A light-driven, one-dimensional dimethylsulfide biogeochemical cycling model for the Sargasso Sea
Toole, Dierdre A.
Siegel, David A.
Doney, Scott C.
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We evaluate the extent to which dimethylsulfide (DMS) cycling in an open-ocean environment can be constrained and parameterized utilizing emerging evidence for the significant impacts of solar ultraviolet radiation (UVR) on the marine organic sulfur cycle. Using the Dacey et al. (1998) 1992–1994 Sargasso Sea DMS data set, in conjunction with an offline turbulent mixing model, we develop and optimize a light driven, one-dimensional DMS model for the upper 140 m. The DMS numerical model is primarily diagnostic in that it incorporates observations of bacterial, phytoplankton, physical, and optical quantities concurrently measured as part of the Bermuda Atlantic Time-series Study (BATS) and Bermuda Bio-Optical Project (BBOP) programs. With the exception of sea-to-air ventilation, each of the sulfur cycling terms is explicitly parameterized or altered by the radiation field. Overall, the model shows considerable skill in capturing the salient features of the DMS distribution, specifically the observed DMS summer paradox whereby peak summer DMS concentrations occur coincident with annual minima in phytoplankton pigment biomass and primary production. The dominant processes controlling the upper-ocean DMS concentrations are phytoplankton UVR-induced DMS release superimposed upon more surface oriented processes such as photolysis and sea-to-air ventilation. The results also demonstrate that mixing alone is not enough to parameterize DMS distributions in this environment. It is critical to directly parameterize the seasonal changes in the flux and attenuation of solar radiation in the upper water column to describe the DMS distribution with depth and allow for experimentation under a variety of climate change scenarios.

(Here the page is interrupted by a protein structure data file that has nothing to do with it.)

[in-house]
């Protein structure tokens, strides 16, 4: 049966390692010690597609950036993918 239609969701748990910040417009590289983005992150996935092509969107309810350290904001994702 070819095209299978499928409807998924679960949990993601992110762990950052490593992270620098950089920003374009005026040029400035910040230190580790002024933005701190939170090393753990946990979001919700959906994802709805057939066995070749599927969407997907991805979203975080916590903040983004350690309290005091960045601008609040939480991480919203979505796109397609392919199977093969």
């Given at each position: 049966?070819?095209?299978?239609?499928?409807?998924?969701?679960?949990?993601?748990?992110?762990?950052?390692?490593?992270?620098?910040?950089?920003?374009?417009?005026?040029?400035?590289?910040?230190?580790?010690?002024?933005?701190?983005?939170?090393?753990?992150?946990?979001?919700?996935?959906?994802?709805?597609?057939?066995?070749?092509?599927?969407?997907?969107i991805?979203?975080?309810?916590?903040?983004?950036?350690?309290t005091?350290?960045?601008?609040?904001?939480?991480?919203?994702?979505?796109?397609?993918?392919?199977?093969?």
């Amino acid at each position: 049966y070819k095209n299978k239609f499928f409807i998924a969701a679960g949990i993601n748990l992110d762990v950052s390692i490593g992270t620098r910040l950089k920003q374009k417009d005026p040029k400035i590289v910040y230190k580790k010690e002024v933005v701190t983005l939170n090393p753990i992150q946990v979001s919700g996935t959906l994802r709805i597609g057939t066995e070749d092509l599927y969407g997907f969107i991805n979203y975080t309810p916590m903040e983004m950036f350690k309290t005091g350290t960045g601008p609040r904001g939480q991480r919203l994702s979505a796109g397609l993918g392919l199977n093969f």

Author Posting. © American Geophysical Union, 2008. This article is posted here by permission of American Geophysical Union for personal use, not for redistribution. The definitive version was published in Journal of Geophysical Research 113 (2008): G02009, doi:10.1029/2007JG000426.